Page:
Filipinos cannot handle criticism
THERE, I said it. No one can criticize the Philippines or the Filipino people without receiving some sort of backlash from rabid patriots. This is especially true when the Philippines is criticized on the Internet.
The very day someone – especially a foreigner – writes an article criticizing something about the Philippines, whether it be our food, our culture, or our transportation system, Filipino netizens will rush to “defend” the country from what they regard as an unforgivable attack on the Philippine nation.
If someone says Jollibee tastes weird, then a Filipino will comment “at least we aren’t making people fat like McDonalds is”; if someone says Filipino food is bad, then thousands of Filipino adobo lovers will rush in to defend their beloved cuisine.
The average Filipino netizen is known for defending his country from attacks in a way that makes him, and his entire nation, look like immature, uneducated cretins with blind patriotism. Filipinos on the Internet are almost incapable of accepting criticism, always showing unnecessary pride even when the very thing being criticized is true.
For example: a youtuber posted a video about how Filipino traffic is horrible because of the bad jeepney drivers. The criticism quickly led to a string of arguments. One person said “All bad drivers. Worst road, worst driving.” and the creator of the video, who posted a video criticizing that very thing, said “Huh? ALL? Are you sure? Have you been anywhere else apart from the Philippines? Worst road? Really?”
Meanwhile, the exact same thing was said about driving conditions in Thailand, and a Thai commenter agreed, saying that traffic in Thailand was so bad that not even the police followed the rules of the road.
Even when it comes to matters of opinion and personal taste, the Filipino will still defend his country with the relentless zeal of the Katipunero – case in point, a food blogger said that she would rather go hungry than eat Filipino food again. The comments section of that blog was laced with expletives from Filipinos defending Filipino food, while expats and foreign visitors to our country agreed that our food “lacked variety and quality”.
Another blog criticized British cooking, lambasting it as “the worst food in the world”, and British commenters actually said that they agreed, and it was best to stick to the ethnic Indian and Pakistani restaurants, whose cuisine was much more pleasing to the palate.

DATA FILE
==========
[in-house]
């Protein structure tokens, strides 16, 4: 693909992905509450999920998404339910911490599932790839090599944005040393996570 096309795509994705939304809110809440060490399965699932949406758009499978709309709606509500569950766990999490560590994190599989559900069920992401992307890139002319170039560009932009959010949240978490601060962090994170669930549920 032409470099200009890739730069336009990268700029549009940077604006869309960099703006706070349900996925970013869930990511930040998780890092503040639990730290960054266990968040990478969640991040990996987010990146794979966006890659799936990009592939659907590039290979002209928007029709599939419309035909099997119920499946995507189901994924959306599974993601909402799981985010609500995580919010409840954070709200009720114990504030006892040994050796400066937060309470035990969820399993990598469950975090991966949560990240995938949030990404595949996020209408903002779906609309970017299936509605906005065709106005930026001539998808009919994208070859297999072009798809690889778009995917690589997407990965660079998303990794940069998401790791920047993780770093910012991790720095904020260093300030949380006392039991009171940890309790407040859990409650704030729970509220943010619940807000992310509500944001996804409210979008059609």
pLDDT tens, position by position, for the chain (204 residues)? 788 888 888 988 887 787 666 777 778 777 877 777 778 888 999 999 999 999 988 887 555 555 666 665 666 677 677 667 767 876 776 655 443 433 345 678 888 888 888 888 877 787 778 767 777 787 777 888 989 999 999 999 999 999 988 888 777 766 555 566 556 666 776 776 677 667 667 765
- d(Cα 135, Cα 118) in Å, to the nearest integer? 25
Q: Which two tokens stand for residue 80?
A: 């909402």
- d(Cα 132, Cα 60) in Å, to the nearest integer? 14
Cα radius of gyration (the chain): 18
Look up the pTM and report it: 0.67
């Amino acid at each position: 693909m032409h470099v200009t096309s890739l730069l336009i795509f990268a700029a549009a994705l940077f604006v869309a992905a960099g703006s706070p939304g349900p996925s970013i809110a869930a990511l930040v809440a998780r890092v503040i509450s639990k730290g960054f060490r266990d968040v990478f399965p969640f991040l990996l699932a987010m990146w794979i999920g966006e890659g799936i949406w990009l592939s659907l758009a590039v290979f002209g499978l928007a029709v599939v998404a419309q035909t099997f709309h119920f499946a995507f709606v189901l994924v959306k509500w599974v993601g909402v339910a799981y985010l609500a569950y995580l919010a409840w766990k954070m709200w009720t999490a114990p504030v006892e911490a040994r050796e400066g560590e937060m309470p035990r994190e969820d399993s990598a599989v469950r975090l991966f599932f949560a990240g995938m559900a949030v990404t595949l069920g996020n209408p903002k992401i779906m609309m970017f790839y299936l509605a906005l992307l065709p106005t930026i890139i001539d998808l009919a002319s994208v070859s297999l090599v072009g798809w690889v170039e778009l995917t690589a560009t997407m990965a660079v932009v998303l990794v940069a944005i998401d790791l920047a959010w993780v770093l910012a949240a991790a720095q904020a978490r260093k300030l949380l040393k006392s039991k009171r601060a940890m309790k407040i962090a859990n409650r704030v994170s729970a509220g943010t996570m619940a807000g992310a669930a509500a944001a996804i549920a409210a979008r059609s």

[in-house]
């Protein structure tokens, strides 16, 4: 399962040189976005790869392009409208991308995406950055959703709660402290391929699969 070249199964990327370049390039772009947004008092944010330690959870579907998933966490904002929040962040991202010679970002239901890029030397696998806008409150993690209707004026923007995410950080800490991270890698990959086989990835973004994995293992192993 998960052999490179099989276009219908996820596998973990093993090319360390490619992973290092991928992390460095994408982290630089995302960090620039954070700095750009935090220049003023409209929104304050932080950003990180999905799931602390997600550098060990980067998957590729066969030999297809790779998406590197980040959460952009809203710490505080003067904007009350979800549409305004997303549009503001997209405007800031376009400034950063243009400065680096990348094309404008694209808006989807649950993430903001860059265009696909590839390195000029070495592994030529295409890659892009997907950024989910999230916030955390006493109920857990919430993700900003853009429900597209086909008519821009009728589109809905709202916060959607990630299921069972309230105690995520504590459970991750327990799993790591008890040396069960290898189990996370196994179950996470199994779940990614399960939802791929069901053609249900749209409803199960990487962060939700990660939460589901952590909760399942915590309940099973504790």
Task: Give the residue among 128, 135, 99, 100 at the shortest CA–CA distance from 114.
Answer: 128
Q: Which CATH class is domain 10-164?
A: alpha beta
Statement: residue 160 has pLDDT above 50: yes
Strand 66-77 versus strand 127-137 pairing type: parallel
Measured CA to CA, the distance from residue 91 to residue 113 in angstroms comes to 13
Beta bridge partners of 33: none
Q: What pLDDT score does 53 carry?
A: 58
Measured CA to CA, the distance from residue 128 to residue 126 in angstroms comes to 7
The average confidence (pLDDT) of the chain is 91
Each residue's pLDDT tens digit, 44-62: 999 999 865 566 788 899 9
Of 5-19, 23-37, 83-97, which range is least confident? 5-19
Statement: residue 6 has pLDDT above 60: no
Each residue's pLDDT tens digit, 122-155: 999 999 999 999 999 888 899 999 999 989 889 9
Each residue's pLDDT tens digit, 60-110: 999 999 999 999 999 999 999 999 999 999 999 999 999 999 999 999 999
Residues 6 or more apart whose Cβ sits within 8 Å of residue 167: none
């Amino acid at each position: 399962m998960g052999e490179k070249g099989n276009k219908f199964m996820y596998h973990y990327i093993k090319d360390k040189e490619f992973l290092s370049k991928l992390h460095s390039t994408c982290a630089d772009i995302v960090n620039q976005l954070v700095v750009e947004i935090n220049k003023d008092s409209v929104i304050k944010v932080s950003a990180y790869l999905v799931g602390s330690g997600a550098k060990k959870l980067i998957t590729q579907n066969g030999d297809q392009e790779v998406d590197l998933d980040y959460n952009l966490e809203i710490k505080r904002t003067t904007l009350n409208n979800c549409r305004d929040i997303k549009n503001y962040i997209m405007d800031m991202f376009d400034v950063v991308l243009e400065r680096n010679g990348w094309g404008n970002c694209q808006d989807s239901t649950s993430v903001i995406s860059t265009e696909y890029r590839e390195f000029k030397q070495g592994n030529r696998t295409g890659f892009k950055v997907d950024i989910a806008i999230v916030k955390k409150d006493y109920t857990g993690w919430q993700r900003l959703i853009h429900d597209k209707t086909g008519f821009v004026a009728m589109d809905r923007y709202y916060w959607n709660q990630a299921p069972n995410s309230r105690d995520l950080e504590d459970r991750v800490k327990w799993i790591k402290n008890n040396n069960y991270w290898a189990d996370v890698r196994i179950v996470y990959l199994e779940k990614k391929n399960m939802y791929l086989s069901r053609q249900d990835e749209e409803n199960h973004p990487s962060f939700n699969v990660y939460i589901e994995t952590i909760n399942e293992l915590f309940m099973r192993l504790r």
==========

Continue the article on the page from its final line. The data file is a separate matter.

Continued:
It crosses over into the real world too. After Canadian superstar Justin Bieber ridiculed Manny Pacquiao, he was threatened to be banned from the Philippines by the Philippine government itself. The same pop star, while talking about the recording of a certain song, said it was recorded in “some random country” by “people who didn’t know what they were doing.”
The country was Indonesia. The Indonesian people themselves were understandably incensed, but they did nothing about it and just shrugged it off.
Filipinos cannot handle criticism because as a people, we have skin as thick as paper. The traditional Filipino is never direct when talking about a problem or an ugly or unpleasant situation. He loves to go around the bush in order to avoid hurting the person
he is speaking to. Therefore, when our nation is criticized, we take it personally, as an attack on ourselves.
When tourists complain about our country, people usually tell them to go back where they came from instead of fixing the problem. The concept of “criticism for self-improvement” is unknown in this country because of our tendency to never say anything bad to a person directly to his face.
Although they might not know it, Filipinos who can’t handle criticism are defending the national “pwede na yan” attitude because they defend the country’s status quo instead of listening to others and trying to make it better.
An American tourist posted a video entitled “8 things I don’t like about Thailand and the Philippines” – you could tell who was from where in the comments section. The Thais respectfully thanked him for his criticism and apologized that their country was not as comfortable as it could have been for him, while the Filipinos raged and whined about how this person should go back to America. That’s what we lack: Calm, cool heads and the ability to accept criticism. If we ever have that, I’m sure it would do our country a whole lot of good.